There was an essential media relations lesson to be learned from a recent Wall Street Journal story about the subprime mess: the right and wrong ways to say "no comment."
Once upon a time, saying "no comment" when you wanted to decline an interview was a benign statement. Now, the phrase has become loaded with meaning, mostly suggesting that you are hiding something rather than coming clean.
Yet it's every interviewee's right to decline to be interviewed â€" after all, interviews are voluntary. So what's the right way to do it?
In a nutshell, here's my advice:
- Don't use the phrase itself.
- Develop and practice a few different stock phrases that stand in for "no comment" such as: "I'm sorry, but that information is confidential/proprietary." or I'm sorry, but I'm not able to answer that question at this time." or "I'd like to help you but unfortunately I can't."
- Once you've answered, stand your ground.
In the Journal story, they looked at the intertwined relationships of players in the mortgage business, tracing the story from the misfortunes of a single homeowner up to giant multinational financial institutions that invested in mortgage-backed securities, including securities whose returns were dependent on the homeowner continuing to pay his mortgage.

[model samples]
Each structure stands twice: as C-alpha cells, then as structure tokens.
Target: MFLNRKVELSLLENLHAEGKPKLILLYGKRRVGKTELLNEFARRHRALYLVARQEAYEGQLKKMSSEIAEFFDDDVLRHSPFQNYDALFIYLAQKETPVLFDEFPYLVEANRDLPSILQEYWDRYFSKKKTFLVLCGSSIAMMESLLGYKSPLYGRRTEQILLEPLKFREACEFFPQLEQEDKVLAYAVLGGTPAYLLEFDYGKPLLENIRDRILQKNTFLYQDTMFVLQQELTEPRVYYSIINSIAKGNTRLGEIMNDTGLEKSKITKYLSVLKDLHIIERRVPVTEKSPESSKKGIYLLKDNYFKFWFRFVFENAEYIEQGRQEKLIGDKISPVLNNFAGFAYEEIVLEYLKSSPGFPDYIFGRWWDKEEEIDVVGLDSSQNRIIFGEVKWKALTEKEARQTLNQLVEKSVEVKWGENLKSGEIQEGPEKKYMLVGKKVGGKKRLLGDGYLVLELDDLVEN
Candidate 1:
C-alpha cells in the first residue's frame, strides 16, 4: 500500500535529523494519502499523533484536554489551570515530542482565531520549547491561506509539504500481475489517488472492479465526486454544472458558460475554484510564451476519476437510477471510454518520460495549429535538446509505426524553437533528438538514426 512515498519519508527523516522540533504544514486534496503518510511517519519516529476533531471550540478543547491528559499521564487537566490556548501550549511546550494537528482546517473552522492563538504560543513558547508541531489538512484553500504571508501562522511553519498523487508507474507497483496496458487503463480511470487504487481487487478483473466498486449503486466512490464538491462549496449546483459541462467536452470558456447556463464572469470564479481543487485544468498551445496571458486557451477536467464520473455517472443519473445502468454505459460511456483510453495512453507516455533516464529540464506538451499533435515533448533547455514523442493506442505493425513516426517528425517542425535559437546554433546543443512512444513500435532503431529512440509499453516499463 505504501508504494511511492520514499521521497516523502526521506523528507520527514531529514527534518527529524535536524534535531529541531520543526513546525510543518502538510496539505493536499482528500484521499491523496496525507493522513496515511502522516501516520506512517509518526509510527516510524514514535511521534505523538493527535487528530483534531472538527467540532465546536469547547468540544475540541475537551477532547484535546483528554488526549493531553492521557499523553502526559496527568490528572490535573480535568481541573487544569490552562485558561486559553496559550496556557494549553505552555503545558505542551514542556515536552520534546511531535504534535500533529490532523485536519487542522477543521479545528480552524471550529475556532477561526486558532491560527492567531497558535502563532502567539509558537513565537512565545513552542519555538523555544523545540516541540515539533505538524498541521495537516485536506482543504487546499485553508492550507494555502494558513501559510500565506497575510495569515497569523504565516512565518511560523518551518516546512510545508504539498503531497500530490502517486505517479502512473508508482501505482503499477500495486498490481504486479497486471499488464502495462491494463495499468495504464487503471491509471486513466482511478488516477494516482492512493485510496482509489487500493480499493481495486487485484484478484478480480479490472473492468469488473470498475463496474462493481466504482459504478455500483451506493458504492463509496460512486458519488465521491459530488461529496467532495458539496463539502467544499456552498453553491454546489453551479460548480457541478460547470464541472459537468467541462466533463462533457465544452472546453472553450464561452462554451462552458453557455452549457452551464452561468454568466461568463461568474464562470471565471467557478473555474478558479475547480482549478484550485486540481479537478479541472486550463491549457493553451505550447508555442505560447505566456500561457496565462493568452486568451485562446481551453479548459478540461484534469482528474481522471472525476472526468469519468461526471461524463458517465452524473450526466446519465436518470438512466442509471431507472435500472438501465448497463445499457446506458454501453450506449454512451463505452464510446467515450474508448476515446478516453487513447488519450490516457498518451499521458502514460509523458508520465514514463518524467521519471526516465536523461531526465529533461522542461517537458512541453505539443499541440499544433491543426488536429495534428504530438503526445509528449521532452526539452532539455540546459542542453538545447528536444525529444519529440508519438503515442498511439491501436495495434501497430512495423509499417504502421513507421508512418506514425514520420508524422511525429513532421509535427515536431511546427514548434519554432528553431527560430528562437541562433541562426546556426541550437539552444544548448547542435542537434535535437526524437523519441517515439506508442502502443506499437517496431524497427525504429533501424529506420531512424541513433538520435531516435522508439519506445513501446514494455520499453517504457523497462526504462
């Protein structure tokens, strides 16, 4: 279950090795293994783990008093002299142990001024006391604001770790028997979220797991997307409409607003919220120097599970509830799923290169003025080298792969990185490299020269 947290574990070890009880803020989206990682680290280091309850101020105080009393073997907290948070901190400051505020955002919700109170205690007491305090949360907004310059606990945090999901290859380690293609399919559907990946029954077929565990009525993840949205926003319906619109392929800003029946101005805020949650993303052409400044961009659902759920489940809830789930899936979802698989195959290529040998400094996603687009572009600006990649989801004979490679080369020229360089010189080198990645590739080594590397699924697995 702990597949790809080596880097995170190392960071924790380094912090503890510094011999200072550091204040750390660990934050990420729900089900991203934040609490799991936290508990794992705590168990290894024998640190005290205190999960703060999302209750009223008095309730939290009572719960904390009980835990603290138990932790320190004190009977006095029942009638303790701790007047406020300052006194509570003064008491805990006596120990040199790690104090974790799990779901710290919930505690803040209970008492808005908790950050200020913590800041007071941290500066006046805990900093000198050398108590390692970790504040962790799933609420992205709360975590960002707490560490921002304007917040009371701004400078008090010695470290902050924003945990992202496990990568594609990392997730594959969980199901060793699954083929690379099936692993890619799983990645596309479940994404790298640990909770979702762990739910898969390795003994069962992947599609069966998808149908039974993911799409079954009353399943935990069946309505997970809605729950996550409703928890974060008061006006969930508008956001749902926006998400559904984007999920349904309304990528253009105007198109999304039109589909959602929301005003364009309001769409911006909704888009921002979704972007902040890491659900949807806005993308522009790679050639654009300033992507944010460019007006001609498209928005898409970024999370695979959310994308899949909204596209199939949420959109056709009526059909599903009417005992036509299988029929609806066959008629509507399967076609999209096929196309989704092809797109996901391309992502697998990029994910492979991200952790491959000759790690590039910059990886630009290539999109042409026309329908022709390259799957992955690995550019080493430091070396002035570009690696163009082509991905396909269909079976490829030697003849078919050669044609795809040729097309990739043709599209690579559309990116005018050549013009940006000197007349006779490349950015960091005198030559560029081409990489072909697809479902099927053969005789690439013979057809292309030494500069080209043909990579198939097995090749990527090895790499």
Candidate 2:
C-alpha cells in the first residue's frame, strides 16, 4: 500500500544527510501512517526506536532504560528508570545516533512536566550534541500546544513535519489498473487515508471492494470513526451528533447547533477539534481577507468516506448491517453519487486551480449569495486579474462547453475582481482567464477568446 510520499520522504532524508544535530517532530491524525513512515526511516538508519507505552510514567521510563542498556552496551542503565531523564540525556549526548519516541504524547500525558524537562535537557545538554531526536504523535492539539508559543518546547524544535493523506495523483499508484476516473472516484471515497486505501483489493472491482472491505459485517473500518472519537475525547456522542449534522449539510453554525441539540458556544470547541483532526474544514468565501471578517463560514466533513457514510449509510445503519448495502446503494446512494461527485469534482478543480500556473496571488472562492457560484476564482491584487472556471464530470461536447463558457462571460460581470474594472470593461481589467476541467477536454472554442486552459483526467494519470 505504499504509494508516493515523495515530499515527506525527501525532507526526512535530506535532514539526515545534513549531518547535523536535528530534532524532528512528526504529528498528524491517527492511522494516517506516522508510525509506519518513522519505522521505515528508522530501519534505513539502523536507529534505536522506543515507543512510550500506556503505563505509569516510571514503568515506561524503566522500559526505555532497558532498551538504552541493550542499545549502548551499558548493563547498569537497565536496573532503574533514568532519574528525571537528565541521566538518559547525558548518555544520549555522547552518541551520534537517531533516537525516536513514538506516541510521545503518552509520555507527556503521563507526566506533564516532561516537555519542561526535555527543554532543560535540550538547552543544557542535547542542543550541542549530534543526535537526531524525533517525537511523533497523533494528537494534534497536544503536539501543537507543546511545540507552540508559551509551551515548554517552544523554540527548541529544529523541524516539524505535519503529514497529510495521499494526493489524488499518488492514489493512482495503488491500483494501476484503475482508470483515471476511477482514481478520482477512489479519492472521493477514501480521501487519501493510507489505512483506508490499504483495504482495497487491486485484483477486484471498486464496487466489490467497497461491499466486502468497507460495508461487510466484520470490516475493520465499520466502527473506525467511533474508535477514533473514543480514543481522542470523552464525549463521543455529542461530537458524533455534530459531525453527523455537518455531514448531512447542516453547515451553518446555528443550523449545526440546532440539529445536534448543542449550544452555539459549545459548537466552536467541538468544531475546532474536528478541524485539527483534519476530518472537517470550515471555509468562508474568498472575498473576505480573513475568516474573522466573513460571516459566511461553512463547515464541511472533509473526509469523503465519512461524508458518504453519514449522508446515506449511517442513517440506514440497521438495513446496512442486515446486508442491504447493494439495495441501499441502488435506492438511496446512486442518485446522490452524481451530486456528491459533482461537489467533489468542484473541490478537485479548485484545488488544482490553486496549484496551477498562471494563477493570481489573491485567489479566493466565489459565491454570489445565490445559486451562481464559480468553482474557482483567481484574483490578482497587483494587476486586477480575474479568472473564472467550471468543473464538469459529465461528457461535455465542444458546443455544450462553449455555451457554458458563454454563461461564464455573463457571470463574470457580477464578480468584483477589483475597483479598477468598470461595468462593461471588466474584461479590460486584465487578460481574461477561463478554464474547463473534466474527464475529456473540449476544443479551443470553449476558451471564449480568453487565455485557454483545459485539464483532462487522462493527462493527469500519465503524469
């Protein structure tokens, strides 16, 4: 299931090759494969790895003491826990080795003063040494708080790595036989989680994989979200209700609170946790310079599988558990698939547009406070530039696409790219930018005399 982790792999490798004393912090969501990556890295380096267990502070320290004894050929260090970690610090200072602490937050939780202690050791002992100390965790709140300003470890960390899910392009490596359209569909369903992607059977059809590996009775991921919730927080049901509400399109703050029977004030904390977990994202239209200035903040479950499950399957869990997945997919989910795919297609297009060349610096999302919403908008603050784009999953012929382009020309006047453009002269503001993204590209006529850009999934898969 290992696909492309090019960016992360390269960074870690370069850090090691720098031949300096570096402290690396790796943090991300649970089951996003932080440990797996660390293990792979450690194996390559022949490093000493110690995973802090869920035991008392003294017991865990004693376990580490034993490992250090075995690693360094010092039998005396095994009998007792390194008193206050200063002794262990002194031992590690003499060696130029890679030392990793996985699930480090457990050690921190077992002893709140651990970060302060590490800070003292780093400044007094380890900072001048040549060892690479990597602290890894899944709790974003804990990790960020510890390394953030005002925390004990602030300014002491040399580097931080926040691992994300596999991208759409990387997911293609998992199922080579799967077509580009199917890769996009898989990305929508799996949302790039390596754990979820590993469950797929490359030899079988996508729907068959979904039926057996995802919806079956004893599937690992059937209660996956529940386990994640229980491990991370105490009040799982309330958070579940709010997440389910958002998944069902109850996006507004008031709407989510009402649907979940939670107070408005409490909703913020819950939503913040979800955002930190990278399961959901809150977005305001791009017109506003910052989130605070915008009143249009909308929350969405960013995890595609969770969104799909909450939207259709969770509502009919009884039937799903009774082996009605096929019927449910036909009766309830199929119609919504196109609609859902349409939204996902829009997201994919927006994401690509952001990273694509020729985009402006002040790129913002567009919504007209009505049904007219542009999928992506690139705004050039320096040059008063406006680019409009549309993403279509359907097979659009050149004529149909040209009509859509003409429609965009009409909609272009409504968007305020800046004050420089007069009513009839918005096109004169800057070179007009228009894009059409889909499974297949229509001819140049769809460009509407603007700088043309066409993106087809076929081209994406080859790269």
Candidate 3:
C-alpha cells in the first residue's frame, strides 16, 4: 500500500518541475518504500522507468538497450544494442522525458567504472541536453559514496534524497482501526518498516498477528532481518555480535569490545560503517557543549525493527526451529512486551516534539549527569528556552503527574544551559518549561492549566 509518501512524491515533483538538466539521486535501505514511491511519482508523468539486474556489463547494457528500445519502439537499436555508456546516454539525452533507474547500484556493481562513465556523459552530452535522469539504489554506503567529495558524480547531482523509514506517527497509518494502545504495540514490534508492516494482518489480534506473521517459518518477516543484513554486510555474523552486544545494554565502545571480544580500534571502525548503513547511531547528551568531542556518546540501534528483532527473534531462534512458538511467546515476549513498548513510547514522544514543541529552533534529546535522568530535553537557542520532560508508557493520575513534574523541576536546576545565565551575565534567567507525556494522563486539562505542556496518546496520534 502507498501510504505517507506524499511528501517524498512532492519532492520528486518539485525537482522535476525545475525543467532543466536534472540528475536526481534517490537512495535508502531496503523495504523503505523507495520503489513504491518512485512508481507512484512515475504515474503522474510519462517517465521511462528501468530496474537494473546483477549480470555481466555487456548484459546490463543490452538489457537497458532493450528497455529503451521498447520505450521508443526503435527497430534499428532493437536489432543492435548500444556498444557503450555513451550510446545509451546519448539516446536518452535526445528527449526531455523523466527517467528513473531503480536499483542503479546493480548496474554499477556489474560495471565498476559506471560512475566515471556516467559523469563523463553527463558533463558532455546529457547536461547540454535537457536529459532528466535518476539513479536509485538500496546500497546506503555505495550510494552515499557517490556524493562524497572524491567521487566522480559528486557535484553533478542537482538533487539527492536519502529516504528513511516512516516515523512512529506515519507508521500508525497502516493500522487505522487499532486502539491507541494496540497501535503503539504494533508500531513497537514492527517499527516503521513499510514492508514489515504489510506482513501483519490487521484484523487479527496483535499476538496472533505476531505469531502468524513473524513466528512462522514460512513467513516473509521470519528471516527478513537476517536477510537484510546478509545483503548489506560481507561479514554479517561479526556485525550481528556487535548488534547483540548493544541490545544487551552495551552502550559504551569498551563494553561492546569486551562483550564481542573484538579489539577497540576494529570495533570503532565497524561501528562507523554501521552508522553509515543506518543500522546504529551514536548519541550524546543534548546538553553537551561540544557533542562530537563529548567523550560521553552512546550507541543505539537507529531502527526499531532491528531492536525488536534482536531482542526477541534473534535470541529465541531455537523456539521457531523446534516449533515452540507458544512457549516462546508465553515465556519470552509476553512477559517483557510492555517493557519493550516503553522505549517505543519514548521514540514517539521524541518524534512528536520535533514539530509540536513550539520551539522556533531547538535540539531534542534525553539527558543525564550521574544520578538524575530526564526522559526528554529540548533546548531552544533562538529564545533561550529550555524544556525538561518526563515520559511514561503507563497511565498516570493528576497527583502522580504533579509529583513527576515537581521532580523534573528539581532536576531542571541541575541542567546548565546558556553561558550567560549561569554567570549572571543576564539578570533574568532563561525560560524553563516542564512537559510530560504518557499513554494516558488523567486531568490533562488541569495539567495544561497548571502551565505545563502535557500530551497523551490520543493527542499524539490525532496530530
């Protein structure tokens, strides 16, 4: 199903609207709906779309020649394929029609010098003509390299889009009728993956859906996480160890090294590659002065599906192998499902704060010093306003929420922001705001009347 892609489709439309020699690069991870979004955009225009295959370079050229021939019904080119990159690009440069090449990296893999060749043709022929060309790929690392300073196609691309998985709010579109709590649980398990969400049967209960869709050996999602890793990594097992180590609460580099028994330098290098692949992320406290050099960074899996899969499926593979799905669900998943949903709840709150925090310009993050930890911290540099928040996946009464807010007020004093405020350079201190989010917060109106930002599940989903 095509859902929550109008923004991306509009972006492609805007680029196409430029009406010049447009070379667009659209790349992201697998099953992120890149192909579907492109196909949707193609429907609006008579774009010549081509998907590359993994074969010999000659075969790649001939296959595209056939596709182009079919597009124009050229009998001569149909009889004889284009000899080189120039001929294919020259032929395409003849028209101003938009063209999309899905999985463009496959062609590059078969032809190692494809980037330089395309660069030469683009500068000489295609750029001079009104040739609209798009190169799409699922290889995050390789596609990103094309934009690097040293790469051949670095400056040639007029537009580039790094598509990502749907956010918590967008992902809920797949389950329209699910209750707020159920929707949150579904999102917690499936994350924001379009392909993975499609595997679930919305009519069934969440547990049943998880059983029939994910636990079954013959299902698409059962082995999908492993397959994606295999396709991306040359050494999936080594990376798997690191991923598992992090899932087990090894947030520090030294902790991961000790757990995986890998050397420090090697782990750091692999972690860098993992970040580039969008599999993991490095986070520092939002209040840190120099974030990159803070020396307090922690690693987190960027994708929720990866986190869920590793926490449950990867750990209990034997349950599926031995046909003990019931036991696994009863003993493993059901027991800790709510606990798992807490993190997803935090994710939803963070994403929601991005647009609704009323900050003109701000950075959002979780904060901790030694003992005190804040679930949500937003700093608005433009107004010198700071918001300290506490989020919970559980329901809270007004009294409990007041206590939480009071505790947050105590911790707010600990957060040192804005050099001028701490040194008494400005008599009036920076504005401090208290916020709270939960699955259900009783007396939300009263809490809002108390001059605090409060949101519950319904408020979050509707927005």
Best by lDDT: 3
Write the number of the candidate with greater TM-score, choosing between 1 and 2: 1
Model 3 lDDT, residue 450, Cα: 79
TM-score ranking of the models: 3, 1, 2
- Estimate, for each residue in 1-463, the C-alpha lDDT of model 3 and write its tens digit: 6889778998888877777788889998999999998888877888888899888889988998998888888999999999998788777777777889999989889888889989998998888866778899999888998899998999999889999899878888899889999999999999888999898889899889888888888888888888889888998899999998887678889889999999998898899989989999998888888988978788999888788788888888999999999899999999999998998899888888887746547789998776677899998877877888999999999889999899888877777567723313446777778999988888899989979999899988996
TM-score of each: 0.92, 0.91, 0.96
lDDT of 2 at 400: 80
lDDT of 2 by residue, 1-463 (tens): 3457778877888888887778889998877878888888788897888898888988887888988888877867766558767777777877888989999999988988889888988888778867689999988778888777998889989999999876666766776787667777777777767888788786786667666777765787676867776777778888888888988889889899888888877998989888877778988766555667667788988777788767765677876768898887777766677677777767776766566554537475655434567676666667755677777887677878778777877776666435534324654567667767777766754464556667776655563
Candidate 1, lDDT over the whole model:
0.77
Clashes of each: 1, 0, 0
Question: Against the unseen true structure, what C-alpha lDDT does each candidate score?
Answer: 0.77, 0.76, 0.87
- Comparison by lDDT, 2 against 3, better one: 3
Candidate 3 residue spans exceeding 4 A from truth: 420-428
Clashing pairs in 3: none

One of the investors was James C. Kelsoe Jr., a senior portfolio manager at the asset-management unit of Morgan Keegan & Co., a Memphis, Tenn., investment firm and unit of Regions Financial Corp. When the mortgage market was riding high, so was Kelsoe's fund. But after the crash, his returns suffered. As part of the story, the Journal sought comment from Kelsoe. Here's what they got:
A Morgan Keegan spokeswoman said Mr. Kelsoe wasn't available to comment because he was focused on managing his funds.Really? Every moment of the day? 24/7? Of course not. This was just a way to duck the interview, to say "no comment" without saying "no comment."
When you use an implausible dodge like the one above, the journalist will usually find a way to embarrass you. And the Journal did, a few grafs later:
In a letter to a Memphis newspaper, Charles Reaves, an attorney who had invested in one of Mr. Kelsoe's funds, wrote that Mr. Kelsoe was "hiding under his desk" and "should have the fortitude to face the public and explain--what he intends to do."Bottom line: don't hide, and don't use implausible dodges. But if you don't want to talk, just say so and hold your ground. That's your right.